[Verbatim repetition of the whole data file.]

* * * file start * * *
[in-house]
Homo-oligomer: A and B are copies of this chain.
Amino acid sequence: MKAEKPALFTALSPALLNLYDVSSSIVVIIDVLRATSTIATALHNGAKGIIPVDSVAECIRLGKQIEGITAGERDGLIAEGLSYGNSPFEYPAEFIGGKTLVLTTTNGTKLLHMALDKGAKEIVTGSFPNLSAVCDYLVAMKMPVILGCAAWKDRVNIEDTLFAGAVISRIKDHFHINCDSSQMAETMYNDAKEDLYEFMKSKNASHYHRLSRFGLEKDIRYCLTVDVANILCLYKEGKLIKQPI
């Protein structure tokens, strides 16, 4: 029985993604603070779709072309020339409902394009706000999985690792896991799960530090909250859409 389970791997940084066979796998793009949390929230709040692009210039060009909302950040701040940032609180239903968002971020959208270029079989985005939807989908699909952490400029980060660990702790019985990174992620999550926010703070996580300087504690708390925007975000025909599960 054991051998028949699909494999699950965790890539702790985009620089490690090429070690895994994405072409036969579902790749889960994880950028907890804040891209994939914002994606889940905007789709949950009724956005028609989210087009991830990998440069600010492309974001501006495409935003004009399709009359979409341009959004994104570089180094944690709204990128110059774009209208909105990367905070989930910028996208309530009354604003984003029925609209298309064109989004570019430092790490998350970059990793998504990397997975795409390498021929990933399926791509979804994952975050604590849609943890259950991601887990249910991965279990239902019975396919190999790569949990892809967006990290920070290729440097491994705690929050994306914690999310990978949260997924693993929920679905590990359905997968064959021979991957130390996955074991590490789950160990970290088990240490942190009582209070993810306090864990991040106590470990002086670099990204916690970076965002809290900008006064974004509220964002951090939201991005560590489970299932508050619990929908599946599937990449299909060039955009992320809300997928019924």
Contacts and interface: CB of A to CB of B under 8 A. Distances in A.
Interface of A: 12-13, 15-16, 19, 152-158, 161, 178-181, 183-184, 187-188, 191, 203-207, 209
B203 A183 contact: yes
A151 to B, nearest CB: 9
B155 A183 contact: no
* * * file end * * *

[in-house]
Homo-oligomer: A and B are copies of this chain.
Amino acid sequence: MKAEKPALFTALSPALLNLYDVSSSIVVIIDVLRATSTIATALHNGAKGIIPVDSVAECIRLGKQIEGITAGERDGLIAEGLSYGNSPFEYPAEFIGGKTLVLTTTNGTKLLHMALDKGAKEIVTGSFPNLSAVCDYLVAMKMPVILGCAAWKDRVNIEDTLFAGAVISRIKDHFHINCDSSQMAETMYNDAKEDLYEFMKSKNASHYHRLSRFGLEKDIRYCLTVDVANILCLYKEGKLIKQPI
């Protein structure tokens, strides 16, 4: 029985993604603070779709072309020339409902394009706000999985690792896991799960530090909250859409 389970791997940084066979796998793009949390929230709040692009210039060009909302950040701040940032609180239903968002971020959208270029079989985005939807989908699909952490400029980060660990702790019985990174992620999550926010703070996580300087504690708390925007975000025909599960 054991051998028949699909494999699950965790890539702790985009620089490690090429070690895994994405072409036969579902790749889960994880950028907890804040891209994939914002994606889940905007789709949950009724956005028609989210087009991830990998440069600010492309974001501006495409935003004009399709009359979409341009959004994104570089180094944690709204990128110059774009209208909105990367905070989930910028996208309530009354604003984003029925609209298309064109989004570019430092790490998350970059990793998504990397997975795409390498021929990933399926791509979804994952975050604590849609943890259950991601887990249910991965279990239902019975396919190999790569949990892809967006990290920070290729440097491994705690929050994306914690999310990978949260997924693993929920679905590990359905997968064959021979991957130390996955074991590490789950160990970290088990240490942190009582209070993810306090864990991040106590470990002086670099990204916690970076965002809290900008006064974004509220964002951090939201991005560590489970299932508050619990929908599946599937990449299909060039955009992320809300997928019924």
Contacts and interface: CB of A to CB of B under 8 A. Distances in A.
Interface of A: 12-13, 15-16, 19, 152-158, 161, 178-181, 183-184, 187-188, 191, 203-207, 209
B203 A183 contact: yes
A151 to B, nearest CB: 9
B155 A183 contact: no